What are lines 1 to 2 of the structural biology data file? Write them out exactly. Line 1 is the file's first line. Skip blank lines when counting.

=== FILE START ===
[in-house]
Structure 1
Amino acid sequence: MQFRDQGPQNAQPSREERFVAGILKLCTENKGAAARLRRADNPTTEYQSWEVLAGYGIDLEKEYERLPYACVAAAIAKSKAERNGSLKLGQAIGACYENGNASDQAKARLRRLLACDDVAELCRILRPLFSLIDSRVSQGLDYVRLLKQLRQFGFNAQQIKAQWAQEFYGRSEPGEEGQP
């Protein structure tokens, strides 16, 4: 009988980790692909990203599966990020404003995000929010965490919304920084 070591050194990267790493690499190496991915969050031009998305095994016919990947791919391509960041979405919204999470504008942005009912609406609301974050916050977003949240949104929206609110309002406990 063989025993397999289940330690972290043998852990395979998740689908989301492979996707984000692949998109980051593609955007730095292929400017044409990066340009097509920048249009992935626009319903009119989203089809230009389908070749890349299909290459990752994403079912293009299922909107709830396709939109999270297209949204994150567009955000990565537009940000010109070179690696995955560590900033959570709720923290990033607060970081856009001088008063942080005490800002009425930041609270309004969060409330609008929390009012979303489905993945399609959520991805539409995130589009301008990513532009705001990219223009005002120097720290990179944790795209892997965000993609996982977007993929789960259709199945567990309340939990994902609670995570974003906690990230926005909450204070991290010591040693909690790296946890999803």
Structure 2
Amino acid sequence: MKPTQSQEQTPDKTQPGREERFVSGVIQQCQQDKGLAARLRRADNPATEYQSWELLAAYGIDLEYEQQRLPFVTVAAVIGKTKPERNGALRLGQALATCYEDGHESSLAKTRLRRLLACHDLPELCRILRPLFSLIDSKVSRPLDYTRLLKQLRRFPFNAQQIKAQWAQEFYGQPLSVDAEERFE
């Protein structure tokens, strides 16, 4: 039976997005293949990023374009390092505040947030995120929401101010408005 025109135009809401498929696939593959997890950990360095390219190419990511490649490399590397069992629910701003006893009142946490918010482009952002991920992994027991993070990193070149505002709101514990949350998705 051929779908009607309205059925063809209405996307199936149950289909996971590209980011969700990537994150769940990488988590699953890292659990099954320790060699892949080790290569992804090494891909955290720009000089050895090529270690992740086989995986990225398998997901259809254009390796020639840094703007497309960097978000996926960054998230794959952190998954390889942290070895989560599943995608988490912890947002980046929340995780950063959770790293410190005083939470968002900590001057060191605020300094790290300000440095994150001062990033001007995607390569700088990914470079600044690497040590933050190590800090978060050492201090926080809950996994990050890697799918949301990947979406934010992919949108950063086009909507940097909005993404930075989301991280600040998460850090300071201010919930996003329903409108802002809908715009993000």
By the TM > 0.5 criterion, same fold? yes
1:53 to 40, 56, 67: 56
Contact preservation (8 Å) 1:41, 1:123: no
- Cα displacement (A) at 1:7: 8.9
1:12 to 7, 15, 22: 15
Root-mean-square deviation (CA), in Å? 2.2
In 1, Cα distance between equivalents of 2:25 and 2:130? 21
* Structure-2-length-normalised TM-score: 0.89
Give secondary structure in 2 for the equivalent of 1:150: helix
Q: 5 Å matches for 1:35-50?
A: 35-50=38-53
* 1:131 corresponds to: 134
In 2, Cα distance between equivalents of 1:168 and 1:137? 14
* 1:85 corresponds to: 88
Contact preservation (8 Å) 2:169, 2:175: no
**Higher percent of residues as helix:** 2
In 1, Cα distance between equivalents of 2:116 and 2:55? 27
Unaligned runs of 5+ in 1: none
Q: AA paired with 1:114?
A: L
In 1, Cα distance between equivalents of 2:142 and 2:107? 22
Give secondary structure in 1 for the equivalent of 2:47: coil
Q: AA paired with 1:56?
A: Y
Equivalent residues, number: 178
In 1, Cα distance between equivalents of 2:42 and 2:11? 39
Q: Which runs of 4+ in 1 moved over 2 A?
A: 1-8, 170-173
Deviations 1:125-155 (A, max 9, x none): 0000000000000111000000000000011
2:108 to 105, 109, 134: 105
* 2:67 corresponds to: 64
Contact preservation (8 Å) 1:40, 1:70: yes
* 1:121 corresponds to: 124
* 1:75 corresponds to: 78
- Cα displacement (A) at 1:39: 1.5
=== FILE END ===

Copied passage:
[in-house]
Structure 1